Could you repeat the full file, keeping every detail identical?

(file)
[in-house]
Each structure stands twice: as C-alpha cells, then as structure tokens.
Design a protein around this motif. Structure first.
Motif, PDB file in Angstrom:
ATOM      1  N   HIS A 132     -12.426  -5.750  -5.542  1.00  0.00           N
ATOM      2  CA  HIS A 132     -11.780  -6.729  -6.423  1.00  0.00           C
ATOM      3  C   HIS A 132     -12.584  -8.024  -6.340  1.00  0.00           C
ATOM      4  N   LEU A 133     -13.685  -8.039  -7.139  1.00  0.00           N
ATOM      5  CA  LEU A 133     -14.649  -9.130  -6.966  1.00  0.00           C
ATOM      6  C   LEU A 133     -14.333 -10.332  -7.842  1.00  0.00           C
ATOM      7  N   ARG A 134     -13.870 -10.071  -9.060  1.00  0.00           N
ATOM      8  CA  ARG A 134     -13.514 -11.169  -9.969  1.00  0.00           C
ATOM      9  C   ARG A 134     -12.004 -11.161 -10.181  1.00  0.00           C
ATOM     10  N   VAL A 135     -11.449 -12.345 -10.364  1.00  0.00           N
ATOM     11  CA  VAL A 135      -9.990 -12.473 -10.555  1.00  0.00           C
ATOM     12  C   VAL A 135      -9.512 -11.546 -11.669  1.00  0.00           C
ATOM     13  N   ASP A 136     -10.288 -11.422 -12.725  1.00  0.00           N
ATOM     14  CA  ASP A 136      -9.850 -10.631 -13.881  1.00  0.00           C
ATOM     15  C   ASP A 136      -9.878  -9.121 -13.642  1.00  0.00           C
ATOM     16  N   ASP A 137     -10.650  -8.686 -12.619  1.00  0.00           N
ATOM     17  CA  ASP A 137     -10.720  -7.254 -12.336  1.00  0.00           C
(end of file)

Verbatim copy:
[in-house]
Each structure stands twice: as C-alpha cells, then as structure tokens.
Design a protein around this motif. Structure first.
Motif, PDB file in Angstrom:
ATOM      1  N   HIS A 132     -12.426  -5.750  -5.542  1.00  0.00           N
ATOM      2  CA  HIS A 132     -11.780  -6.729  -6.423  1.00  0.00           C
ATOM      3  C   HIS A 132     -12.584  -8.024  -6.340  1.00  0.00           C
ATOM      4  N   LEU A 133     -13.685  -8.039  -7.139  1.00  0.00           N
ATOM      5  CA  LEU A 133     -14.649  -9.130  -6.966  1.00  0.00           C
ATOM      6  C   LEU A 133     -14.333 -10.332  -7.842  1.00  0.00           C
ATOM      7  N   ARG A 134     -13.870 -10.071  -9.060  1.00  0.00           N
ATOM      8  CA  ARG A 134     -13.514 -11.169  -9.969  1.00  0.00           C
ATOM      9  C   ARG A 134     -12.004 -11.161 -10.181  1.00  0.00           C
ATOM     10  N   VAL A 135     -11.449 -12.345 -10.364  1.00  0.00           N
ATOM     11  CA  VAL A 135      -9.990 -12.473 -10.555  1.00  0.00           C
ATOM     12  C   VAL A 135      -9.512 -11.546 -11.669  1.00  0.00           C
ATOM     13  N   ASP A 136     -10.288 -11.422 -12.725  1.00  0.00           N
ATOM     14  CA  ASP A 136      -9.850 -10.631 -13.881  1.00  0.00           C
ATOM     15  C   ASP A 136      -9.878  -9.121 -13.642  1.00  0.00           C
ATOM     16  N   ASP A 137     -10.650  -8.686 -12.619  1.00  0.00           N
ATOM     17  CA  ASP A 137     -10.720  -7.254 -12.336  1.00  0.00           C